What she has done to Peter Irons and Aiko Herzig is, for example, precisely what she does in the book to Seattle attorney Kenji Ito and to Richard Kotoshirodo. She makes both out to be monsters--Ito a Japanese spy and Kotoshirodo the Mohammad Atta of his day--when just down the street from her home, hundreds of pages of documents in the National Archives refute her characterizations. With Ito and Kotoshirodo, as with Irons and Herzig, Malkin could not be bothered to take the most basic of investigative steps to research her scandalous allegations before trumpeting them to a national audience.

Indeed, the question that lingers is a fairly simple journalistic issue: Why didn't Malkin double-check her source before proceeding with her smear of two people whose reputations deserve better?

But then, I've discussed at length previously the nature of Malkin's methodology, which transcends mere polemics and is more in the realm of pure propaganda:
In Defense of Internment takes a few small slices of fact, removes them from their larger context or distorts their significance, embellishes them with non-facts, either sneeringly dismisses or utterly ignores an entire ocean of contravening evidence, and then pronounces the whole enterprise history.

That isn't history. It's propaganda.

Malkin, in fact, manipulates history in a way that makes clear that her entire methodology is little more than a polemical parlor game: Play up whatever scraps of evidence you can find to support your point, pretend that the wealth of evidence disproving your thesis simply doesn't exist, and then fend off your critics with a steady string of non-sequiturs and irrelevancies, never answering their core criticisms. This tactic is familiar to anyone who's dealt with the right much, especially in the past decade. Just call it Oxyconfabulation.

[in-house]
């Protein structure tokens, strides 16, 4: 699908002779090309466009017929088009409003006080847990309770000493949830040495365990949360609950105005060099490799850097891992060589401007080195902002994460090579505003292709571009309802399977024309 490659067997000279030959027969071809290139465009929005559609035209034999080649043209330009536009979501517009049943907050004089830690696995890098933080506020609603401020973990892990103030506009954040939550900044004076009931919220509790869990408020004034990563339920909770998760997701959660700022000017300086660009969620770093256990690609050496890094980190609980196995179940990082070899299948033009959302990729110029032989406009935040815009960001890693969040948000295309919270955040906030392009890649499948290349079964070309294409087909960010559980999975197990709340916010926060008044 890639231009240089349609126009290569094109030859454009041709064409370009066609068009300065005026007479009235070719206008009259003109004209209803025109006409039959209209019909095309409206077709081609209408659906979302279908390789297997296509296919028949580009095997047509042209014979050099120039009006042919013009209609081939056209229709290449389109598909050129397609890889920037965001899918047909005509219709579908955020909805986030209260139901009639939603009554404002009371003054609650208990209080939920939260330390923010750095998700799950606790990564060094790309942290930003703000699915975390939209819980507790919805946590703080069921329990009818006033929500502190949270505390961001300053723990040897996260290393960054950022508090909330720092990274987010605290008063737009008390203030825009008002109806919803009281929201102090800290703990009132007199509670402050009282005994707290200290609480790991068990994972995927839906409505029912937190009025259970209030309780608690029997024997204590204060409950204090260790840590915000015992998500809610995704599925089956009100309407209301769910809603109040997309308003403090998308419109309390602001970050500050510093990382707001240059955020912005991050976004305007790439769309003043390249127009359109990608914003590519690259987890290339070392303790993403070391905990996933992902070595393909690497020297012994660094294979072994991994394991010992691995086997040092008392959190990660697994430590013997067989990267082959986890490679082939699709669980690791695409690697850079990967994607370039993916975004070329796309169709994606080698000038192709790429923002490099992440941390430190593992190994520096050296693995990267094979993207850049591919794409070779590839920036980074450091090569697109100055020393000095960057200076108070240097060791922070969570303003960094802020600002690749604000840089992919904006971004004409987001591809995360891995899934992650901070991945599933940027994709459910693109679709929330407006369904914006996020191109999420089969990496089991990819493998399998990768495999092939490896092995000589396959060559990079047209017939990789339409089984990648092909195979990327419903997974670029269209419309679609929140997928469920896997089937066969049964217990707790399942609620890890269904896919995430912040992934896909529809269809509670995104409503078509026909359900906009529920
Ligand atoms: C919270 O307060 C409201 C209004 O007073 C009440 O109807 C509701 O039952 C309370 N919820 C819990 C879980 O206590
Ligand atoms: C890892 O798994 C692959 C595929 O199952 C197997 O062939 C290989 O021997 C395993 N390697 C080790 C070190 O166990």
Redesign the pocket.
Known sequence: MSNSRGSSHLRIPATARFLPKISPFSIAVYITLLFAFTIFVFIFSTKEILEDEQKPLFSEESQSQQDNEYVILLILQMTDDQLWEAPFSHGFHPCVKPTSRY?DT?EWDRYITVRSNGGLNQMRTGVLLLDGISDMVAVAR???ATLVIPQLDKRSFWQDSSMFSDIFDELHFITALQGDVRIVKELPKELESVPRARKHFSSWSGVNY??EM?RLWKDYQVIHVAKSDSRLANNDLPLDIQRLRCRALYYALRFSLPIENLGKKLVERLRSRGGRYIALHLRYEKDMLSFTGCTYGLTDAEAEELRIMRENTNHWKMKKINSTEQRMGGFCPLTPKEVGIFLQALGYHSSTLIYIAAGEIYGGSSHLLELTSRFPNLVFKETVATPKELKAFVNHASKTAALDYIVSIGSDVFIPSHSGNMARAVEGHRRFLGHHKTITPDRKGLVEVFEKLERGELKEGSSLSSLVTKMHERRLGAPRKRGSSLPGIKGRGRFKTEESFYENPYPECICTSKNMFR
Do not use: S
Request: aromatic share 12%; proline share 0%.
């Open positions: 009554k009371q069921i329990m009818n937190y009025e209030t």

In Malkin's case, you don't have to just look in her books to see this methodology at work. It's present throughout her syndicated columns and her blog as well.

A fine recent example of the real sloppiness of her methodology was this post at her blog:
Did you know that there's a government-subsidized monument in Baldwin Park, Calif., that contains the following inscriptions:

It was better before they came.

This land was Mexican once, was Indian always and is, and will be again.

There's a problem with this, however. If you click on the the link to the story she's referencing, you'll find this tidbit regarding the first of the two inscriptions:
Baca said that Save Our State's complaint was misguided. She said the quote, "It was better before they came," was originally uttered by a "white man from Arkansas," who was complaining about the arrival of Mexican-Americans after World War II.

"When it went on the arch, its ambiguity became profound," she said. "The 'they' could be any 'they.' "